- Low LQ, high RSSI = noisy RF environment
- High LQ, low RSSI = If you are very far away, caution is needed as you are approaching the end of range; If the receiver is very close to the transmitter, that can be an indicator of antenna problem
- Low LQ, low RSSI = the end of range, you should turn back as failsafe is likely to happen
The Lowest LQ
LQ should ideally be 100%, but it’s normal for it to be below this value. For instance, an LQ of 50% means that only half of the packets are getting through. Even so, you can probably still fly with this. For example, at 500Hz, there are still 250 commands per second getting through, which is way faster than an older protocol like SBUS with 50Hz update rate.
The lowest LQ you should react to is subjective and depends on how much risk you are willing to take. You definitely don’t want to wait until it’s too low, the drone becomes uncontrollable. But in the above example, 50% at 500Hz might be acceptable. The point is, when your LQ drops, it’s a sign of warning: there could be interference corrupting the radio data, or you are approaching the end of range, or some other issues.
If your LQ drops to around 50-70%, you should pay attention to RSSI. If RSSI is also low (within 10dB margin to the sensitivity limit of the packet rate), it would be a good idea to turn back. If RSSI remains high, keep monitoring LQ and see if it improves. If not, you should turn back because there might be interference and it could get worse if you keep flying. Definitely turn back when LQ drops below 20%, as increased latency will make control difficult.
The Lowest RSSI
The lowest RSSI allowed depends on the packet rate and frequency of the signal. Lower packet rates and lower frequencies have a more sensitive signal. For example, the lowest theoretical RSSI value for 2.4GHz 500Hz is -105dBm, but for 915MHz 25Hz, it’s -123dBm, which is better for long-range flying.
It’s important not to underestimate a few dBm difference, as every 6dBm doubles the range. For example, in ExpressLRS, dropping the packet rate from 500Hz (-105dBm) to 150Hz (-112dBm) effectively doubles the range and more. I have a tutorial explaining how to use dB to estimate range in FPV.
Here’s a table of the lowest RSSI (sensitivity limit) values for each RF mode (packet rates) from the ExpressLRS WiKi. If RSSI goes below these limits, you will get a failsafe.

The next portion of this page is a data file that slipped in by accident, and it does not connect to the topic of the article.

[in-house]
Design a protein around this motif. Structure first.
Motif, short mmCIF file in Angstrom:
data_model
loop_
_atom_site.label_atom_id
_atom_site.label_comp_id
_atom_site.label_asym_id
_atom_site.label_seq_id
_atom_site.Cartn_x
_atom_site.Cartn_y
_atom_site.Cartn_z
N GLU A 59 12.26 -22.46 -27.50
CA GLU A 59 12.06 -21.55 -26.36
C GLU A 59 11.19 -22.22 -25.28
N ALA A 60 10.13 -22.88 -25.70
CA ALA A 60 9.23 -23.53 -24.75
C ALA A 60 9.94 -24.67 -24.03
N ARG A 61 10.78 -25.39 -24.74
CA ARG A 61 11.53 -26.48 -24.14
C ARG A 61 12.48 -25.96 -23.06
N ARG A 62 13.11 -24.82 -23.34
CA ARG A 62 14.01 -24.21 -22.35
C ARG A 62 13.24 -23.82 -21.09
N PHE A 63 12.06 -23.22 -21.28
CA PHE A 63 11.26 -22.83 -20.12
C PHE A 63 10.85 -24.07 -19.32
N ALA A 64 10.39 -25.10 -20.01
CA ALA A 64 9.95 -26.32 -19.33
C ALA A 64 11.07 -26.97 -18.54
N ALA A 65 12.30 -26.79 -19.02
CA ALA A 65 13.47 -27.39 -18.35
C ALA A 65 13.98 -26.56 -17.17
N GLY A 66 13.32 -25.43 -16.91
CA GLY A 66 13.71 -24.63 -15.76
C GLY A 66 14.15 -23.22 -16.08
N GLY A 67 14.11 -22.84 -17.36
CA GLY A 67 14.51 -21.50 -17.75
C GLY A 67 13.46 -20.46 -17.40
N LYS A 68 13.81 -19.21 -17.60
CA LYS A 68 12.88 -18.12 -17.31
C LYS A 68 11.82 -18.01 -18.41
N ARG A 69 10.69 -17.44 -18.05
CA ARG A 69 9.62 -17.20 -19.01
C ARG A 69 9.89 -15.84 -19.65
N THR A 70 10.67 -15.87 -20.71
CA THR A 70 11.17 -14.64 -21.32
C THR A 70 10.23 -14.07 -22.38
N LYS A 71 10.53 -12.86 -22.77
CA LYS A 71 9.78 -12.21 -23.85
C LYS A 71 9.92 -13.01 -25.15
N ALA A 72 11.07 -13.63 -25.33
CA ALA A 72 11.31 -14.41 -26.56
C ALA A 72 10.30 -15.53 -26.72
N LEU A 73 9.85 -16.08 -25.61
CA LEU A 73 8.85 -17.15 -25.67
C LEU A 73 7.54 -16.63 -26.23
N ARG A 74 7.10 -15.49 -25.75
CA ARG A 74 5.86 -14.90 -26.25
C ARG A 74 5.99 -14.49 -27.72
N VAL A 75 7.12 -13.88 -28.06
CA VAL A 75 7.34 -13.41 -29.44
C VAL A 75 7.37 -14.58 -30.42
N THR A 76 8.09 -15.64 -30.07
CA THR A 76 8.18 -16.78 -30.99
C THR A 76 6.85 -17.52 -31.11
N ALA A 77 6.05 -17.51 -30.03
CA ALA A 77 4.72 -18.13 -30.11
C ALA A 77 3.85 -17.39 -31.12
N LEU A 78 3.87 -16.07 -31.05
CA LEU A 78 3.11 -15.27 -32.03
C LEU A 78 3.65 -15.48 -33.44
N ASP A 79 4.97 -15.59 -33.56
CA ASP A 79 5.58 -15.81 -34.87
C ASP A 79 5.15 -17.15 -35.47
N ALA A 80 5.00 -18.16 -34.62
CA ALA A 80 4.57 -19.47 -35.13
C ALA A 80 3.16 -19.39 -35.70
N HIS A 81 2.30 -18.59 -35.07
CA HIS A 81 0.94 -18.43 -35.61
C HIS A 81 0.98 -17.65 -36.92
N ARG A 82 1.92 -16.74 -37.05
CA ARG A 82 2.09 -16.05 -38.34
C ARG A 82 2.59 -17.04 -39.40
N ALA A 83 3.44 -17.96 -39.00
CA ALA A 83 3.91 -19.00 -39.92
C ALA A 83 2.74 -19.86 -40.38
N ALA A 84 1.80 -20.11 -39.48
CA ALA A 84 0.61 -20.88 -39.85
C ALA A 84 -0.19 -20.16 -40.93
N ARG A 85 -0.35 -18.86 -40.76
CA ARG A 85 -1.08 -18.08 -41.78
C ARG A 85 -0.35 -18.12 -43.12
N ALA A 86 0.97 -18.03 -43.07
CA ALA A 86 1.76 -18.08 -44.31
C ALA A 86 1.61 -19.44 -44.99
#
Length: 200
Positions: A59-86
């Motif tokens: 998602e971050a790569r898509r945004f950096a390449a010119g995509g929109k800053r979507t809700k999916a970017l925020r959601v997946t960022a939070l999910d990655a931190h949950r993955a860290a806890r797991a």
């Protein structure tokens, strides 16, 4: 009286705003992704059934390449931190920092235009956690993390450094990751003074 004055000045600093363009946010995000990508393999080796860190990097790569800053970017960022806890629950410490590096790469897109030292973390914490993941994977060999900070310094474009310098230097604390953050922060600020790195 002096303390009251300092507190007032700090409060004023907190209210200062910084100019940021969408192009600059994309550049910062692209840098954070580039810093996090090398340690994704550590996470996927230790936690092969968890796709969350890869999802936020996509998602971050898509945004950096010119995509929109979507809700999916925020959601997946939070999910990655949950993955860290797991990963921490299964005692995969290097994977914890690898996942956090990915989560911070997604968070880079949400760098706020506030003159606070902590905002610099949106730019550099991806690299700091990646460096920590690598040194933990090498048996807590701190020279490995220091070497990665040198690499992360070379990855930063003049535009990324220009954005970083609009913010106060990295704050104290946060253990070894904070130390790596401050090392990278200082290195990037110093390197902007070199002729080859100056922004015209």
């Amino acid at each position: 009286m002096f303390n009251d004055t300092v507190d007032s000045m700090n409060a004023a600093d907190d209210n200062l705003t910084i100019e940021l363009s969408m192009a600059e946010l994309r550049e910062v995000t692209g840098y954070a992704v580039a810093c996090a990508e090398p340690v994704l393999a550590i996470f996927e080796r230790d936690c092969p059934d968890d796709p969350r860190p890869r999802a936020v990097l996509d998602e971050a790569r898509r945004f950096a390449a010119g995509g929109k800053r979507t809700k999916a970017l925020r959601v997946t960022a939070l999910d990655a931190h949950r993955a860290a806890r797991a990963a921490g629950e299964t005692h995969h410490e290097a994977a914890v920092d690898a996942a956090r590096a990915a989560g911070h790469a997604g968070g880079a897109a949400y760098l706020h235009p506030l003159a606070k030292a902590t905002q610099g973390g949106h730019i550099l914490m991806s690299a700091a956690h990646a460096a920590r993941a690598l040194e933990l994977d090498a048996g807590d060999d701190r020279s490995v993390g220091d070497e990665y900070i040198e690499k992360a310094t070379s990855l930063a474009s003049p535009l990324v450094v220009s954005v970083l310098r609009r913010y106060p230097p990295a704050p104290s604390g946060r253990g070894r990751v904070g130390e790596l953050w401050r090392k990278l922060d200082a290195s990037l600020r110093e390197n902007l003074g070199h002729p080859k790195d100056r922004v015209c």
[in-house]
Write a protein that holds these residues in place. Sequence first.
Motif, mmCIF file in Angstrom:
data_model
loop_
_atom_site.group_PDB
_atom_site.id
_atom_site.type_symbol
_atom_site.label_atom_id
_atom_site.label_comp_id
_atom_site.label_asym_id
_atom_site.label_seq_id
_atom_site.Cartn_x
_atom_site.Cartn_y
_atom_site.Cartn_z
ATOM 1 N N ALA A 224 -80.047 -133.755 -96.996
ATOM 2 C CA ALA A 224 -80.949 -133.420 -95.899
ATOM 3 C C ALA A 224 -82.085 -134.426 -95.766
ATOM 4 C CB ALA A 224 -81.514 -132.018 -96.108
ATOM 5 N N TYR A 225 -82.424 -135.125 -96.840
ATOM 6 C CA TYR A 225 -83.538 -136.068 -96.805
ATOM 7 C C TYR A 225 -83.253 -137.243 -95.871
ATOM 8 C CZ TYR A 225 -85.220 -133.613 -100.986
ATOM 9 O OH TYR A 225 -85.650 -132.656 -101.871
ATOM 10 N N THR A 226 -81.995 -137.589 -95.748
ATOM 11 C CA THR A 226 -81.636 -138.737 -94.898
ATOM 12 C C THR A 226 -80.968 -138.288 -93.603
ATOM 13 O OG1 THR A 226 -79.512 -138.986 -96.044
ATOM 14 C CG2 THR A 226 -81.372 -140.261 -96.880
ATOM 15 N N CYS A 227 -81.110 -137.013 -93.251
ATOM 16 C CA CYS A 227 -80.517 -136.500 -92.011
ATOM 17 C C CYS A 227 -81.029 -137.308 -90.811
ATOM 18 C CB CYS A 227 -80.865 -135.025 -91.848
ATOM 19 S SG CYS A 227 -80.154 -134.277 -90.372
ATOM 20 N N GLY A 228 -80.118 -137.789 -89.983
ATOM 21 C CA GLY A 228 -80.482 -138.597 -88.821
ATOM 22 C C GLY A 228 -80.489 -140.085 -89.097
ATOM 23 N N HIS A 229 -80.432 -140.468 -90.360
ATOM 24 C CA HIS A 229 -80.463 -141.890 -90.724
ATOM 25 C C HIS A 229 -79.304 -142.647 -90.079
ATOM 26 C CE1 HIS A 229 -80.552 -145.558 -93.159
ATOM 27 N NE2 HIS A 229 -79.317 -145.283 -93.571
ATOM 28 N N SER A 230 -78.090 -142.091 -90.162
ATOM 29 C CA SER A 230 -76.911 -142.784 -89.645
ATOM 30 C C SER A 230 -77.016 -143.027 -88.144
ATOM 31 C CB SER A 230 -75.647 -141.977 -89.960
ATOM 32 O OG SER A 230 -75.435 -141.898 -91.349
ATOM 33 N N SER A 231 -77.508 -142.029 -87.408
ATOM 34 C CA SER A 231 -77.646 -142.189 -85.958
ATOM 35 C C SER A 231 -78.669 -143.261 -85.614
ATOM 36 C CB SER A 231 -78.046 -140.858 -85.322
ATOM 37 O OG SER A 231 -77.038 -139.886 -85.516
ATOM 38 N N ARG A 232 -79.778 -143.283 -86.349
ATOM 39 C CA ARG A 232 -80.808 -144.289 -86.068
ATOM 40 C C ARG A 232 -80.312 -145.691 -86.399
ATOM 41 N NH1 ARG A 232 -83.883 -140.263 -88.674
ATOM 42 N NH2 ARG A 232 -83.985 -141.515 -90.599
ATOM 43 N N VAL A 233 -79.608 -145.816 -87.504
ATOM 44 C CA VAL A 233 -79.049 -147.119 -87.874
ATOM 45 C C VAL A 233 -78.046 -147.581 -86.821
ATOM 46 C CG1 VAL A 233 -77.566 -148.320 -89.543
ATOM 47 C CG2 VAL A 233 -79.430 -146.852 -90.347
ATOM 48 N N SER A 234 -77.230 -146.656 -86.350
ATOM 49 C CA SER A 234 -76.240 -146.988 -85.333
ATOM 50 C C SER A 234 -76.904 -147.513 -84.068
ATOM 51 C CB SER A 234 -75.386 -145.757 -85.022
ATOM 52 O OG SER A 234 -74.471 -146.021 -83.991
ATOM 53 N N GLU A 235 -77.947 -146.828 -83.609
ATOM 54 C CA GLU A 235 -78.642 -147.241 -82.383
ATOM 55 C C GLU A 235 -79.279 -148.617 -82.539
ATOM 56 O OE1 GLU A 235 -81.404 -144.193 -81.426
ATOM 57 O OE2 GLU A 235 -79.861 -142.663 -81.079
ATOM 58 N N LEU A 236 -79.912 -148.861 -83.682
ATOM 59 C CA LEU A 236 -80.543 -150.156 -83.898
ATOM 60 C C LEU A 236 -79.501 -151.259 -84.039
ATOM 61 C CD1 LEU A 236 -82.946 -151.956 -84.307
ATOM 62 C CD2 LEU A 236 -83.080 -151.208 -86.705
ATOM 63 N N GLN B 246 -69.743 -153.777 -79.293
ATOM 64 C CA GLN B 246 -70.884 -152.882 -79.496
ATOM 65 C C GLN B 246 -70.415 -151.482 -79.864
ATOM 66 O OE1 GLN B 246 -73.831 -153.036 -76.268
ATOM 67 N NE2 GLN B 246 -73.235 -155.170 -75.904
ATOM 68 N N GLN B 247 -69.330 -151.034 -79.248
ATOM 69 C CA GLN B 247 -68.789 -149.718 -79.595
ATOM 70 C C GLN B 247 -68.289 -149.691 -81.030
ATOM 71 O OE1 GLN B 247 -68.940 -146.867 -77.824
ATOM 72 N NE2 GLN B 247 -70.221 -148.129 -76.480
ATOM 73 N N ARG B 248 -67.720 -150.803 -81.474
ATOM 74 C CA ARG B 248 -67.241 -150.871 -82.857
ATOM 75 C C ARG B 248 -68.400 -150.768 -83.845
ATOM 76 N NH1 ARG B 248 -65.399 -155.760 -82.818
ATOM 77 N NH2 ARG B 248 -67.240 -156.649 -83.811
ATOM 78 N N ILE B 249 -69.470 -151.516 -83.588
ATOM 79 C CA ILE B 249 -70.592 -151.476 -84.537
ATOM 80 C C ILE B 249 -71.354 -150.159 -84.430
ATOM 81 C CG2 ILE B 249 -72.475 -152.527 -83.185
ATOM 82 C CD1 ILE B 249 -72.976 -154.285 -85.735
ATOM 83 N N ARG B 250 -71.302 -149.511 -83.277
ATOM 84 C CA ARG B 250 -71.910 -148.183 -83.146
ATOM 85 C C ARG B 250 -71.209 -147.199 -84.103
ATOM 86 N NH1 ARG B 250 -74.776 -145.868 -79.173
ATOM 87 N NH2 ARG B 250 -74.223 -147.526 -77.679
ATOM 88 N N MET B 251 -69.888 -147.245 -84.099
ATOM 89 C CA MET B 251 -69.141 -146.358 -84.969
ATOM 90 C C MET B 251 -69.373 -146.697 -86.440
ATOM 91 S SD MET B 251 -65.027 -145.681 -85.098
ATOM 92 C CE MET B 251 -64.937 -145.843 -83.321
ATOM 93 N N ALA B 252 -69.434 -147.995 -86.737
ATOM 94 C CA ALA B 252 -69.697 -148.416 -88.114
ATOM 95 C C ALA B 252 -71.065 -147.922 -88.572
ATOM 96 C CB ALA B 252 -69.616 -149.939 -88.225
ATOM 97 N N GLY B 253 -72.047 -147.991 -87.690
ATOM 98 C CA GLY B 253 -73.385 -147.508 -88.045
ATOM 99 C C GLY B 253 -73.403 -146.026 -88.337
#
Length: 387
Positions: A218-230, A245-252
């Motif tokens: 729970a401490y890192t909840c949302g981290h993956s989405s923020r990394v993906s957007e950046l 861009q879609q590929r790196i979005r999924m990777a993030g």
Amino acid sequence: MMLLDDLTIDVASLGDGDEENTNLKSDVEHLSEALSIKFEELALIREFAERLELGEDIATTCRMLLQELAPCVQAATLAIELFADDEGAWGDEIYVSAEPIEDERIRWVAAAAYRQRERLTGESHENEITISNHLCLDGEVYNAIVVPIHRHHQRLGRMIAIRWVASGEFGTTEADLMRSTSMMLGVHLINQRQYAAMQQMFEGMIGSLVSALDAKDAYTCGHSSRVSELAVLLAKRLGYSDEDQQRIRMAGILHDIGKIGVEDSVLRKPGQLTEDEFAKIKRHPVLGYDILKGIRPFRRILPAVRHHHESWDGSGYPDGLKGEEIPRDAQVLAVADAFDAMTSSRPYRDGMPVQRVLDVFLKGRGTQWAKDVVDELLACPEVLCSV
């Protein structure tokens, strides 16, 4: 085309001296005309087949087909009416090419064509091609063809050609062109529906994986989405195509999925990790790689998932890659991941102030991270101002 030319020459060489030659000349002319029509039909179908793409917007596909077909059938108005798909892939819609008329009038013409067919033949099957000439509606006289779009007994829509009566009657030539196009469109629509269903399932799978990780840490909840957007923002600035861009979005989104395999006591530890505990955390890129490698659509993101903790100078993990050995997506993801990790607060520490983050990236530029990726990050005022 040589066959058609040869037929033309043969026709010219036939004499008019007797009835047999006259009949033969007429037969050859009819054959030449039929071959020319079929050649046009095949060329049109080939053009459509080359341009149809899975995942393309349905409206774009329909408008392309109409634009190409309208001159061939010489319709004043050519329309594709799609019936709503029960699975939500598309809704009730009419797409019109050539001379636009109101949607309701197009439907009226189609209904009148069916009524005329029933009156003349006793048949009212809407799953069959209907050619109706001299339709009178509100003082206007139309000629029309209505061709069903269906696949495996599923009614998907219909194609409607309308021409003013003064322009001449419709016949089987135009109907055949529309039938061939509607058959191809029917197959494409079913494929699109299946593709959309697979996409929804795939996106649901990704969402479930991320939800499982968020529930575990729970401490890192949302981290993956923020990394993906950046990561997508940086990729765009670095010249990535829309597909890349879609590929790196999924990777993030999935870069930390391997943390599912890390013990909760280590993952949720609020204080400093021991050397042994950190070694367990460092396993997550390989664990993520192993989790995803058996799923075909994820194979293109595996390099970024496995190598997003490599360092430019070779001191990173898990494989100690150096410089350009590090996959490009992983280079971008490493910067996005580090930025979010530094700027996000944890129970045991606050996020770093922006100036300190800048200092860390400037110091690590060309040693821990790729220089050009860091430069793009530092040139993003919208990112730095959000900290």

You can also find out the sensitivity limit in the LUA script when picking a packet rate:
So what’s the lowest RSSI we can go to avoid failsafe?
Your RSSI should be 10dBm higher than the sensitivity limit. For example, if you’re flying ExpressLRS 2.4GHz 500Hz, you should turn back if RSSI drops below -95dBm. Some experienced pilots might push it and use 6dBm as the margin, but if you want to play safe, use 10dBm margin.
However, RSSI dBm doesn’t take into account ambient noise, so it’s important to also check LQ. If RSSI is high but LQ is low, noise/interference could be the reason. Some RF systems reports SNR (signal to noise ratio) such as Crossfire, but ExpressLRS doesn’t do that yet.
Display LQ in OSD
In the OSD tab in Betaflight, you can enable “Link Quality”, “RSSI in dBm”, and “RSSI” OSD elements.
The Link Quality element gives you the RFMD value (0-13) followed by the LQ value (0-100). RFMD indicates which packet rates you are using as mentioned previously in the RFMD table.
I recommend having both Link Quality and RSSI in dBm in your OSD.
RSSI Alarm in OSD
Betaflight OSD can warn you if RSSI dBm drops below certain value.
In CLI, enter the command:
set osd_rssi_dbm_alarm = -95 save
Allowed range is -130 to 20, default value is -60
Setup Low LQ Warning in EdgeTX
In your radio, go to model setup, press the “PAGE” button to scroll to the Telemetry page. Set “Low alarm” to 50, and “Critical alarm” to 20. Make sure “Disable alarms” is unchecked.
You should get a voice warning when LQ drops below these values.
- Apr 2018 – article created
- Jan 2020 – added tldr section, added instructions to display LQ for Betaflight 4.1
- Jan 2021 – updated for BF 4.2 – changed how LQ is displayed in OSD
- Mar 2022 – updated URL, re-written for ExpressLRS
- Mar 2023 – updated RFMD for ExpressLRS 3.0